My good friend Phil, who is currently studying in Shanghai and with whom I was able to spend one glorious evening in Copenhagen, hipped me to [what might be called] spin that the Chinese government is putting on what happened in Copenhagen: “Verdant Mountains Cannot Stop Water Flowing; Eastward the River Keeps on Going”
First of all… is Obama/US the “verdant mountain” and China is the eastward flowing river? Does anyone have insight to Chinese metaphors? And if the US is a verdant mountain… we sound much more pleasant than I imagine the Chinese government views us. But maybe I’m ignorant about how the Chinese media portrays the US.
In his important speech at the high-level segment of the conference, Premier Wen reiterated the consistent position of the Chinese government. He called on all sides to build consensus and strengthen cooperation to advance the historical process of combating climate change. Confronted by the complicated situation in and outside the Bella Center, Premier Wen was undeterred. With the strongest political will and patience, he shuttled between participating leaders and engaged them in dialogue and consultations. At the critical moment when the negotiations faced the risk of a breakdown, he personally talked to various parties and helped the conference reach the final accord with his painstaking and thoughtful efforts…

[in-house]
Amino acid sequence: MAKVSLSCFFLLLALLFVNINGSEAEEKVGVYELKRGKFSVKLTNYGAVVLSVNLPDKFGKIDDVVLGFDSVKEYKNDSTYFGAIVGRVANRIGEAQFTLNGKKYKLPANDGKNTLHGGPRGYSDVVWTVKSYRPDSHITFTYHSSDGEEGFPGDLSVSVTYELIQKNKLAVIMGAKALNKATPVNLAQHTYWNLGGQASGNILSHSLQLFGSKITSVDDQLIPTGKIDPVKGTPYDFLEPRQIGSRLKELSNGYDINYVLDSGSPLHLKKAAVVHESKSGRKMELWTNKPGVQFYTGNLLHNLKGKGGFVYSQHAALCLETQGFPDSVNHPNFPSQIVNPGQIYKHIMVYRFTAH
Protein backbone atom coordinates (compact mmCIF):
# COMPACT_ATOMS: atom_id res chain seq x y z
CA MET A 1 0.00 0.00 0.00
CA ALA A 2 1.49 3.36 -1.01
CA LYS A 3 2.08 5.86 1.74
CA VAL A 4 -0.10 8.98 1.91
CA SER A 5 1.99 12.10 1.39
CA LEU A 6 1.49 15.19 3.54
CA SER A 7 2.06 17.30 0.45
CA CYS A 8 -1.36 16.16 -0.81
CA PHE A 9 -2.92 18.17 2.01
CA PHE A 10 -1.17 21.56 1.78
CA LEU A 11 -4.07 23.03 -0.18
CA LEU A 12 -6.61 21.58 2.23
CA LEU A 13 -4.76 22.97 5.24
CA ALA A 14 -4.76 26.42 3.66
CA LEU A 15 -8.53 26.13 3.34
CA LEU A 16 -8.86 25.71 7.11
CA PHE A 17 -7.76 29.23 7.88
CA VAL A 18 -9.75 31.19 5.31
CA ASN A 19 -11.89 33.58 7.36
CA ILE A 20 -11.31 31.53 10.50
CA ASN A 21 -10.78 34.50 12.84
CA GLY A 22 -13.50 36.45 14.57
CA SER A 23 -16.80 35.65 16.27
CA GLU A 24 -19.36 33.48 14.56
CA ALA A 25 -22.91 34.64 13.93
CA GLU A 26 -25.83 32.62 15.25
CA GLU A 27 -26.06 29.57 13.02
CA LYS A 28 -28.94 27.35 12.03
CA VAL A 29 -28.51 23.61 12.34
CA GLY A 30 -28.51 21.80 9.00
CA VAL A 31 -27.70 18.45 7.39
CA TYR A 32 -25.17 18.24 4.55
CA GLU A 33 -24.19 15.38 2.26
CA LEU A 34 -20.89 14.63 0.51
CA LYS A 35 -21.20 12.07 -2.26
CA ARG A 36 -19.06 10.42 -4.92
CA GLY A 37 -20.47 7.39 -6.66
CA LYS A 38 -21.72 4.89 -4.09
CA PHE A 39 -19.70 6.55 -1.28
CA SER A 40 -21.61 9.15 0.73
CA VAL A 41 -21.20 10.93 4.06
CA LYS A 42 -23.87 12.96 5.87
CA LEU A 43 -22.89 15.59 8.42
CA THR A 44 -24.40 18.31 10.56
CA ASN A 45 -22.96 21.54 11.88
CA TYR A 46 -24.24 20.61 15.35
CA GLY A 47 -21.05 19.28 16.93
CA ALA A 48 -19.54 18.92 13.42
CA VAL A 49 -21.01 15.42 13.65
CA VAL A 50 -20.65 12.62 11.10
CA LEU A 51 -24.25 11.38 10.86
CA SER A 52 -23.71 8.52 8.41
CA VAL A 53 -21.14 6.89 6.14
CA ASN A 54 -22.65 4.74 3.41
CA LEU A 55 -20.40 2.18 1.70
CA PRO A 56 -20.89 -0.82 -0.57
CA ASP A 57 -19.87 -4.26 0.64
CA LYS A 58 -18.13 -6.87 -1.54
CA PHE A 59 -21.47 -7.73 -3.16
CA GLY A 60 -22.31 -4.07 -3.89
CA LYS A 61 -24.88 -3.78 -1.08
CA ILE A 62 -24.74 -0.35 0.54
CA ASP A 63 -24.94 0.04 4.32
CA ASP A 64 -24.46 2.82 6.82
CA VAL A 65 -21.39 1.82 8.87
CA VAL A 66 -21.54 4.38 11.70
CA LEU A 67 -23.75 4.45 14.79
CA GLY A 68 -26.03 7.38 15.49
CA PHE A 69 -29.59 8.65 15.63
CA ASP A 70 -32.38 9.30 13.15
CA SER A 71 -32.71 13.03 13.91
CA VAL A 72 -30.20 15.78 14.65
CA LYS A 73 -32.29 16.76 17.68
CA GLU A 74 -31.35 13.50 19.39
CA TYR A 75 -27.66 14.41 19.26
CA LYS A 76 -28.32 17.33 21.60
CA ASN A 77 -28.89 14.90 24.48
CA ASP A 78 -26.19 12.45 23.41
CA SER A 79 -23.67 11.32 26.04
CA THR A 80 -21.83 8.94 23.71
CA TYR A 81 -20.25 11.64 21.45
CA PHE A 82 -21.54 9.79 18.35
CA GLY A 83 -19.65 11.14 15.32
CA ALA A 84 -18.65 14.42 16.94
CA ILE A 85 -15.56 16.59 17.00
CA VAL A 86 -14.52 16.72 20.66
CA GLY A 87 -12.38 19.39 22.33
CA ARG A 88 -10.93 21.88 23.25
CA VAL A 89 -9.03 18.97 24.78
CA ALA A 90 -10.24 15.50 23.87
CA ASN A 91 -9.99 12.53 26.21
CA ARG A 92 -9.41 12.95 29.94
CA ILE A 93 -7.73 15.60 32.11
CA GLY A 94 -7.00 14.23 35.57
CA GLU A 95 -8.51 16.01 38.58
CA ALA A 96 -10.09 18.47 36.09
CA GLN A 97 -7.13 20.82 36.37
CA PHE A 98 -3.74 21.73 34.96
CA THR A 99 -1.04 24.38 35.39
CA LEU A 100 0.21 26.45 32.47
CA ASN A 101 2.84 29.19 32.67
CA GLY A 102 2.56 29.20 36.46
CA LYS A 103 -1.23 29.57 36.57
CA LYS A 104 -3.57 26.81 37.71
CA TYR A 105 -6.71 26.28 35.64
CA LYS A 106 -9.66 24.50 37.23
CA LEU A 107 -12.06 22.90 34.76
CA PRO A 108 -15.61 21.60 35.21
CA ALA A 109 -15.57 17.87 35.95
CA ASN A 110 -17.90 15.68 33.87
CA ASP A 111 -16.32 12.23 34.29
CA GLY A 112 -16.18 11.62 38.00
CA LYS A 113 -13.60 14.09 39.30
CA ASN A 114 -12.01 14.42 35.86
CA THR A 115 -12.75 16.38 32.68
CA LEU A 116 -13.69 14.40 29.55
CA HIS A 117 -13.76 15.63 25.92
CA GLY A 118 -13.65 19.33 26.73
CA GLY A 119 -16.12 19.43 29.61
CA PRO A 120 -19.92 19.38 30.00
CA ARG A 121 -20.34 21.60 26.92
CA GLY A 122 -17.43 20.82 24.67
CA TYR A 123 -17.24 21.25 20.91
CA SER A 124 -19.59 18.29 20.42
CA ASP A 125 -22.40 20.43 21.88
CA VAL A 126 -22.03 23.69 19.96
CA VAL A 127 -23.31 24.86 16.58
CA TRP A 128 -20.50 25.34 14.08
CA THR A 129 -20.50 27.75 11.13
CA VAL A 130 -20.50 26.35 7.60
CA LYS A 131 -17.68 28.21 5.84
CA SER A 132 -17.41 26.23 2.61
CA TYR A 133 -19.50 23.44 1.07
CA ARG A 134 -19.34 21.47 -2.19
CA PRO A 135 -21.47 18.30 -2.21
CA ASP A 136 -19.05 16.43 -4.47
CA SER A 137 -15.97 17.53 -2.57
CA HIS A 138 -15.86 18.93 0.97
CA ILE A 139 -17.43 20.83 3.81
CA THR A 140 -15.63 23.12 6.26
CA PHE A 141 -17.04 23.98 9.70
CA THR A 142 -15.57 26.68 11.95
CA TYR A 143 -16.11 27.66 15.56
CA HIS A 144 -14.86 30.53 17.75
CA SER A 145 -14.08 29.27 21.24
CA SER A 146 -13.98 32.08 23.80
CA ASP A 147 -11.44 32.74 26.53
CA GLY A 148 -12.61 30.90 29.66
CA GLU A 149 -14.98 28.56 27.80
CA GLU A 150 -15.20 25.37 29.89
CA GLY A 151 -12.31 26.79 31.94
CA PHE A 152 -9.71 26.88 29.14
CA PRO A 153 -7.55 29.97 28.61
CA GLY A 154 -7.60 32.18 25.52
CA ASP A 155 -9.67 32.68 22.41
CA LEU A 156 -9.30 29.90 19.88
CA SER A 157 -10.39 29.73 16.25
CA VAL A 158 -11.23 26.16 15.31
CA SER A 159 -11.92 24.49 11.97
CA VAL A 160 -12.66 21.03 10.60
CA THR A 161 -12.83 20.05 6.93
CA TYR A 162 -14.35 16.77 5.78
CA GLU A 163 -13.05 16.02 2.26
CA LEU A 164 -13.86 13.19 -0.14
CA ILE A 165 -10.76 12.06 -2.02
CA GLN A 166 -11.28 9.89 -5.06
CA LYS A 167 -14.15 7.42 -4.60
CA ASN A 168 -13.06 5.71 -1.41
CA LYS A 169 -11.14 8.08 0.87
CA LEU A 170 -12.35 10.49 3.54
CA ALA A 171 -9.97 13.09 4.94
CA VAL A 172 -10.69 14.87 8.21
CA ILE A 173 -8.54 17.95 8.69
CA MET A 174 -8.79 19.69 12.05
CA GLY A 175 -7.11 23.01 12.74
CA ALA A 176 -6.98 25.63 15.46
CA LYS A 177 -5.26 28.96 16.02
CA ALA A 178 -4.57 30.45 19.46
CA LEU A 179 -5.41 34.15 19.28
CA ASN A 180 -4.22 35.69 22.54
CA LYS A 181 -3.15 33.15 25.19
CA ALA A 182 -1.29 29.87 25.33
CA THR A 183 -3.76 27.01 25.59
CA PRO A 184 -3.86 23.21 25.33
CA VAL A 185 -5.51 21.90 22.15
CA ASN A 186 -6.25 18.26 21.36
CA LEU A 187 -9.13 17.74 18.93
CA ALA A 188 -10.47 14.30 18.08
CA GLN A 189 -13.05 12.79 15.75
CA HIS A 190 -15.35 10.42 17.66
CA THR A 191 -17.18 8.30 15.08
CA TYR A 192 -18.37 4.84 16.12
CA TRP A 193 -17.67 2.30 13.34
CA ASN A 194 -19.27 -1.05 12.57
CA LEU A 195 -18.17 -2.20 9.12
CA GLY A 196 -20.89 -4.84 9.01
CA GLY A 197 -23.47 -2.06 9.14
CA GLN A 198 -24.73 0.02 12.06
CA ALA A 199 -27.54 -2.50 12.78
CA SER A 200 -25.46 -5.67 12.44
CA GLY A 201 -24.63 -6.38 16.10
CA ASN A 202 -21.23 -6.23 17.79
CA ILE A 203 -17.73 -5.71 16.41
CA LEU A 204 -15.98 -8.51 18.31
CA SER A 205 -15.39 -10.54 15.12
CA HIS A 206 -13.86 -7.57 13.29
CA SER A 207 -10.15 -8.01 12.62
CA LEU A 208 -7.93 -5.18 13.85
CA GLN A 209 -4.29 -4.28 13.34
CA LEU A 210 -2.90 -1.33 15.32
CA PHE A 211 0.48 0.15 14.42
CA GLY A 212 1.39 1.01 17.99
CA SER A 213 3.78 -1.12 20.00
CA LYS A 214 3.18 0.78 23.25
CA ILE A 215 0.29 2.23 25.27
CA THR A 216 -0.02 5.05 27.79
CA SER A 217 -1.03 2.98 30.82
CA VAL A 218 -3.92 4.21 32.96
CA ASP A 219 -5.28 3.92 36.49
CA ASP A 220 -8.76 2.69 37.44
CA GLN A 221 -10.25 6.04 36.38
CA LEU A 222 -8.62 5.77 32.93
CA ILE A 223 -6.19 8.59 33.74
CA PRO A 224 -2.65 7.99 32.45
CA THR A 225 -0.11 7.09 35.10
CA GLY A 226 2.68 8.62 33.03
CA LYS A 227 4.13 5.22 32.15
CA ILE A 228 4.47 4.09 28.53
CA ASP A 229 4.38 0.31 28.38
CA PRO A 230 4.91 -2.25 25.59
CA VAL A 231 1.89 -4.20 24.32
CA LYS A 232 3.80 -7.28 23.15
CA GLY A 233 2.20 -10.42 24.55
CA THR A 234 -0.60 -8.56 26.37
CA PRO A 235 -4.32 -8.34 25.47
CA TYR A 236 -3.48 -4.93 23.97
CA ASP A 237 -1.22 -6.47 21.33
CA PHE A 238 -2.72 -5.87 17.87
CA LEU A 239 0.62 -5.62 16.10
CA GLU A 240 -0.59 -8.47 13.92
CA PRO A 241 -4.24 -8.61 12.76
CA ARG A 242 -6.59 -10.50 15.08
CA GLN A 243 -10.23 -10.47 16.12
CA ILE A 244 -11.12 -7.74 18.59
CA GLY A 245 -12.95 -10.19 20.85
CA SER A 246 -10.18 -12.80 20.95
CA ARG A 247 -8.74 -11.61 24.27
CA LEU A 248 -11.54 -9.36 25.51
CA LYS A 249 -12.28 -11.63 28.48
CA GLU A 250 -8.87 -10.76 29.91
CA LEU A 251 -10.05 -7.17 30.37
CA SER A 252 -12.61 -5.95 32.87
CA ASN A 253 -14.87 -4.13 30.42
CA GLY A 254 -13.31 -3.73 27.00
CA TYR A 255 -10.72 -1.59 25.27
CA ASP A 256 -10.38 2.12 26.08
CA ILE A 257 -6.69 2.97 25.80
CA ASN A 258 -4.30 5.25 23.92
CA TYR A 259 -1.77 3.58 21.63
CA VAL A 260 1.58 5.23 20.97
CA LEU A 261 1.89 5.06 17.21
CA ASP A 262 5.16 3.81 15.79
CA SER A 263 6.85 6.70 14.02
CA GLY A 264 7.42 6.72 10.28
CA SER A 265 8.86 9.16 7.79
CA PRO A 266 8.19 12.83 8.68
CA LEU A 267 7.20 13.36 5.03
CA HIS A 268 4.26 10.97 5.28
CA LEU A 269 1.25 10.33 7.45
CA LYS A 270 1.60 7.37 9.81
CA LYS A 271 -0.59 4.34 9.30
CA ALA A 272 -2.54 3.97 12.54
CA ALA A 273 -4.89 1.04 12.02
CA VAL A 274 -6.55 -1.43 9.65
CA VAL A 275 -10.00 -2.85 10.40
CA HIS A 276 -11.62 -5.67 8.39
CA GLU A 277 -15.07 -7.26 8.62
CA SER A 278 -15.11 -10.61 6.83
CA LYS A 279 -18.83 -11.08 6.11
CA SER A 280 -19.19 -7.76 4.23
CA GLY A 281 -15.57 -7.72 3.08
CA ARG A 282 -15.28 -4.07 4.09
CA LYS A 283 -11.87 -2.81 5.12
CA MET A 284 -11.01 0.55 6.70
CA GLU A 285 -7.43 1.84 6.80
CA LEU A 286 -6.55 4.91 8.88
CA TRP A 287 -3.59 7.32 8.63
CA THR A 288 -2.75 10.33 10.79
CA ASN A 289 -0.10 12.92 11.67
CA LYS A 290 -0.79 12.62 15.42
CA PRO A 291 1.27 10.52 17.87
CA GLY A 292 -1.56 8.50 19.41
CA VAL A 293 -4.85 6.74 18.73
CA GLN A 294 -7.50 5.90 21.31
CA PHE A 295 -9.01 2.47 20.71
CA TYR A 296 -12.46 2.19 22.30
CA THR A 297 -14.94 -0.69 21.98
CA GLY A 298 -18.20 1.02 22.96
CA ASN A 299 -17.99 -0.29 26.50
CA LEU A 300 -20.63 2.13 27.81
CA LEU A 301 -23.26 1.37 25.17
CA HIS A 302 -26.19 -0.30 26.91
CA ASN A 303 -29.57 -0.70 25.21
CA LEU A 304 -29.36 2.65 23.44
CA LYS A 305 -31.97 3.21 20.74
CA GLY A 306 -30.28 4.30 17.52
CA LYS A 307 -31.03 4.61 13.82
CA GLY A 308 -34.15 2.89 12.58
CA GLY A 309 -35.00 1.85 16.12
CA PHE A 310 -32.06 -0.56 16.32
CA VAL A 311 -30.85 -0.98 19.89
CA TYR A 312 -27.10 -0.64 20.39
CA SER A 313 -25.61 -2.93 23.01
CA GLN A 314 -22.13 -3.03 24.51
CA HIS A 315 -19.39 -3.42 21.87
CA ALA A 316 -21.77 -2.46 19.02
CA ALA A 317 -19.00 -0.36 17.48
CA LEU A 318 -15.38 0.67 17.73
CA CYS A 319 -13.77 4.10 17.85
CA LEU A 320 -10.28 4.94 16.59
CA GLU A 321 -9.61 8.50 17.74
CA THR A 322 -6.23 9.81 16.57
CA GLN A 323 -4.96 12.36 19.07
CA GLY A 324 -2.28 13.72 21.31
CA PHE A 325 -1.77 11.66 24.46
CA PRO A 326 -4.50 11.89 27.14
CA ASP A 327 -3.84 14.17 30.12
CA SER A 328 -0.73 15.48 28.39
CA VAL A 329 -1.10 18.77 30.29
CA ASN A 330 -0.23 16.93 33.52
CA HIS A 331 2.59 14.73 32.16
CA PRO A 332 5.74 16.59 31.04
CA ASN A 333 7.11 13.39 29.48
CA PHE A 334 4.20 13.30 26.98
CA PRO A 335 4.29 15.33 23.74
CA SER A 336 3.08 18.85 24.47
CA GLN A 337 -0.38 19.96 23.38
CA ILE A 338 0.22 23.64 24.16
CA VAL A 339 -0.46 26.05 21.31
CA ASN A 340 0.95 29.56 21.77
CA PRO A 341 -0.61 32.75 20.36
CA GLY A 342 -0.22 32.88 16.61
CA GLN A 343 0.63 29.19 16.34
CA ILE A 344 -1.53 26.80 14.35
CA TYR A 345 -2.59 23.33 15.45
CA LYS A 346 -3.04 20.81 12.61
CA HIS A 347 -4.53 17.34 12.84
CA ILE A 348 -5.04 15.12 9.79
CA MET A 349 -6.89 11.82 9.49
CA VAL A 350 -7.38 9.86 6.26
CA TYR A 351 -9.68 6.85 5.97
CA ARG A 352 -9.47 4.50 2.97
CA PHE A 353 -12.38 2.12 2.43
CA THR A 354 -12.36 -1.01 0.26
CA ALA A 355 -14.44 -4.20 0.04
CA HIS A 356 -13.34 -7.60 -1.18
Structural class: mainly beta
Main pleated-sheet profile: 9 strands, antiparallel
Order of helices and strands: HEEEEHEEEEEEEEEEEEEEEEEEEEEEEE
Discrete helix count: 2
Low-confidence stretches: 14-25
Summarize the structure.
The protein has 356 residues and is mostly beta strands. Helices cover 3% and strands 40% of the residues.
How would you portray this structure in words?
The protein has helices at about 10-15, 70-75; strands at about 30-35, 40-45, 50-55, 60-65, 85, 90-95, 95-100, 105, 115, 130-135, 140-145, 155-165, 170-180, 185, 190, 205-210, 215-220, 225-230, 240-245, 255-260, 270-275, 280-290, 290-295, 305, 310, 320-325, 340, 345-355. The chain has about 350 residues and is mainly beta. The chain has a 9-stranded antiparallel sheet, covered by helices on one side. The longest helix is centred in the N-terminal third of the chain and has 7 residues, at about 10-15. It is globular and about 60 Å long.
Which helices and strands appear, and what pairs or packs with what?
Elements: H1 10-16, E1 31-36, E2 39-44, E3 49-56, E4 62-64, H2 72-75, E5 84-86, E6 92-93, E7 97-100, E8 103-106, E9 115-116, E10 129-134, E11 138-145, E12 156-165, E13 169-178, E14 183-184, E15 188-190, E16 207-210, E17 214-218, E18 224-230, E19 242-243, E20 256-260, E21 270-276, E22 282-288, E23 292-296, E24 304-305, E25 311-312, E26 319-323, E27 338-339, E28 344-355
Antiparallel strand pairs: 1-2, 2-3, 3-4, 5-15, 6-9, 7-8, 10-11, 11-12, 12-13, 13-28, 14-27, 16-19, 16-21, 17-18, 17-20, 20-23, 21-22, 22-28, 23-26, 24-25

At 18:50, when leaders of the BASIC countries were doing the final review of their common position, they heard a clamor of voices outside. The door was opened and there stood President Obama. Although the scheduled time for the second China-US meeting had passed, Obama’s presence at that moment and that place still came as a surprise to the people inside.President Obama must, too, have felt a bit awkward. With one foot inside the door, he smiled and asked Premier Wen whether he was early and whether he should wait outside or come in and join the discussion. Premier Wen stood up and welcomed him courteously. President Obama was apparently touched. He first walked around the room, shaking hands with everyone inside, and then sat down on President Lula’s left and across the table facing Premier Wen.
This is somewhat in contrast to how US media is portraying how things happened:
Confusion reigned. Chinese officials said Wen was at his hotel and his staff was at the airport. The same was said of top Indian officials, but nothing was clear….
Obama was unaware, however, thinking he was going to meet alone with Wen. After some confusion about who had access to the room, White House aides told the president that Wen was inside with the leaders of the three other countries, apparently working on strategy.
“Good,” Obama said as he walked through the door. “Mr. Premier, are you ready to see me?” he called out. “Are you ready?”
Inside he found startled leaders and no chair to sit in.
U.S. officials denied that Obama crashed the party, saying he simply showed up for his 7 p.m. meeting with Wen and found the others there.
Whatever the meeting’s original purpose, Obama used it to help strike an agreement on ways to verify developing nations’ reductions of carbon dioxide and other heat-trapping gases, a good U.S. ending to their talks with the Chinese.
Either way, both of these stories make me laugh. Most likely no one who wrote these stories was even in Copenhagen (though perhaps they were) but they certainly weren’t in the room where these scenes were happening. Every government is invested in putting a positive spin on how they handled COP15. It is certainly revealing, if you choose to read both news stories in full, how subtle modifications in wording and tone can change how one understands the same series of events.